how about eugenics? was that a conspiracy? it was a widespread belief before the war. afterward, everyone claimed they had never believed.

Reply to  Dennis Bird
April 15, 2015 12:52 pm

I don’t like calling it a conspiracy. It’s just a few idealistic and anti-industry scientactivists and politicians seeking fortune and fame and the media loving a good doom and gloom story. It has certainly padded Gore’s bank accounts.

Reply to  RWturner
April 15, 2015 2:57 pm

Nobody has conspired in this.
They just all went in the same direction because that’s where the funding was. Why wouldn’t they?
Funding is sent towards important subjects – danger is important.
Funding is not sent to unimportant subjects – weather is small talk.
No conspiracy required.

Reply to  RWturner
April 15, 2015 6:31 pm

A confluence of interest?

Reply to  Dennis Bird
April 15, 2015 12:59 pm

Just ask him if he would whistleblow if his IT dept had been making big cock ups for years on end

Reply to  Dennis Bird
April 15, 2015 1:49 pm

Dennis – in addition to others’ thoughts,
give him this link and let him go for it himself:
593 thoughts on “How to convince a climate skeptic he’s wrong” as of a few moments ago, so very active discussion
point out for his understanding that
warrenlb was the appointed troll

Reply to  Dennis Bird
April 15, 2015 3:11 pm

I believe the big reason most scientists accept AGW is their acceptance of the physic’s of Co2, and it’s ability to keep the planet warm (no matter that is actually the cause, not trying to restart this argument here), from there it’s easy to accept that an increase in Co2 inevitably causes warming. Nothing beyond this is required, and in probably 97% no further research into the topic is done.
Then there’s plenty of things changing around the world, throw in a melting arctic and a few glaciers, and spurious reasoning ties them all together. Theory and proof, one tidy package.
The problem is nothing on this list has a direct verified connection to increased Co2, as well as the error in measurement accuracy is way bigger than the amount extra Co2 could possibly add, models are written as if this is fact, and yet their output does not match the planet, and that’s comparing it to the hokey temp series that are about 80% based on places that were never in the most optimistic case possible actually measured.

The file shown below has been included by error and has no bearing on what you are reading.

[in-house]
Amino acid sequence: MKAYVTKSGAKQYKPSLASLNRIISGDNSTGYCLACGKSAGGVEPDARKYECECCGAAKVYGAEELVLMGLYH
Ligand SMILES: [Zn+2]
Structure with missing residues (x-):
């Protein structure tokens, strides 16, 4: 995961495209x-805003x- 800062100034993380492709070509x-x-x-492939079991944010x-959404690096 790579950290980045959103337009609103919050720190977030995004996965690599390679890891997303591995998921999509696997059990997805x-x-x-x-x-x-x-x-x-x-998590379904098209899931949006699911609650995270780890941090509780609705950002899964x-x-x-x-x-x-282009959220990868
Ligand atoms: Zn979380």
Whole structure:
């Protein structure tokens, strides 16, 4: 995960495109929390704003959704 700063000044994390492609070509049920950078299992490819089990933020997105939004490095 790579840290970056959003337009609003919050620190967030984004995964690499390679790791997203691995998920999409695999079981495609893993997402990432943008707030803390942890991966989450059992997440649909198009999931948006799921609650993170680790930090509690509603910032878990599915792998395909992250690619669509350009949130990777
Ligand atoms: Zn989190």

Other than the spectrum of Co2, everything else is rightly subject to skepticism.

David A
Reply to  micro6500
April 15, 2015 10:16 pm

I have never seen any evidence that MOST scientist accept CAGW.

Reply to  David A
April 16, 2015 5:47 am

David A commented

I have never seen any evidence that MOST scientist accept CAGW.

IMO most is more than 51%, butI have no idea what the number of scientists who believe in CAGW, but I did leave the C off on purpose, as I was really pointing out believing in AGW by scientist is IMO mostly due to the physic’s of Co2 and it’s IR spectrum. This is an easy sale, it’s just beyond the acceptance of this fact, what is really happening on the planet where it’s totally unclear whether the extra Co2 has done anything all.
GSoD surface station when you look at a years worth of how much it warmed yesterday, and compare it to how much it cooled last night at worse temp change at the station itself is 0.0F +/-0.1F (actual value -0.004151764F) since the 50’s, this is for all stations that have at least 360 days of samples. Only 4 years since 1980 have been positive (1989,1994,1997,2003).

Reply to  Dennis Bird
April 15, 2015 3:23 pm

It is not so much a conspiracy as it is something for everyone. Govt’ gets more power and taxes. Institutions get more grants. Insurance companies get higher rates. Everyone gets something and as usual we get to foot the bill.

Reply to  Dennis Bird
April 15, 2015 4:50 pm

A conspiacy that large? Ask him if it’s ok to eat eggs and shellfish if you have high cholesterol. Then ask how could so many medical professionals could have been wrong on their dietary advice for so long.
In truth, just a handful of researchers come to such conclusions based on their original research. Others in associated areas accept the work as valid, and take them on good faith. The meme stays alive, and is futher propagated until there is a substantial amount of evidence to the contrary.
This has happened in other fields as well. Michael Bellesiles made fools of all of academic U.S. historians with fraudulant research that played to their biasis. And, of course, there are still people who believe DDT causes eggshell thinning, despite the scientist who reached that conclusion announcing his research was flawed.

Reply to  Dennis Bird
April 15, 2015 5:38 pm

Ask him how the whole “tectonic plate” theory was handled.
The theory, which is now accepted Science (and ridiculously self-evident today) met with strong resistance and ridicule, not unlike the ridicule that is heaped upon CAGW Skeptics today.
Then move on to mentioning the whole Ulcer debacle, where an entire industry tried to block the fact that the majority of ulcers are caused by a bacteria and can be cured.
It’s not technically a “conspiracy”, it’s activism, often being done by people who are fully aware that they’re lying. For the most part, Skeptics are the kid pointing out the Emperor with no clothes.

Reply to  CodeTech
April 15, 2015 6:57 pm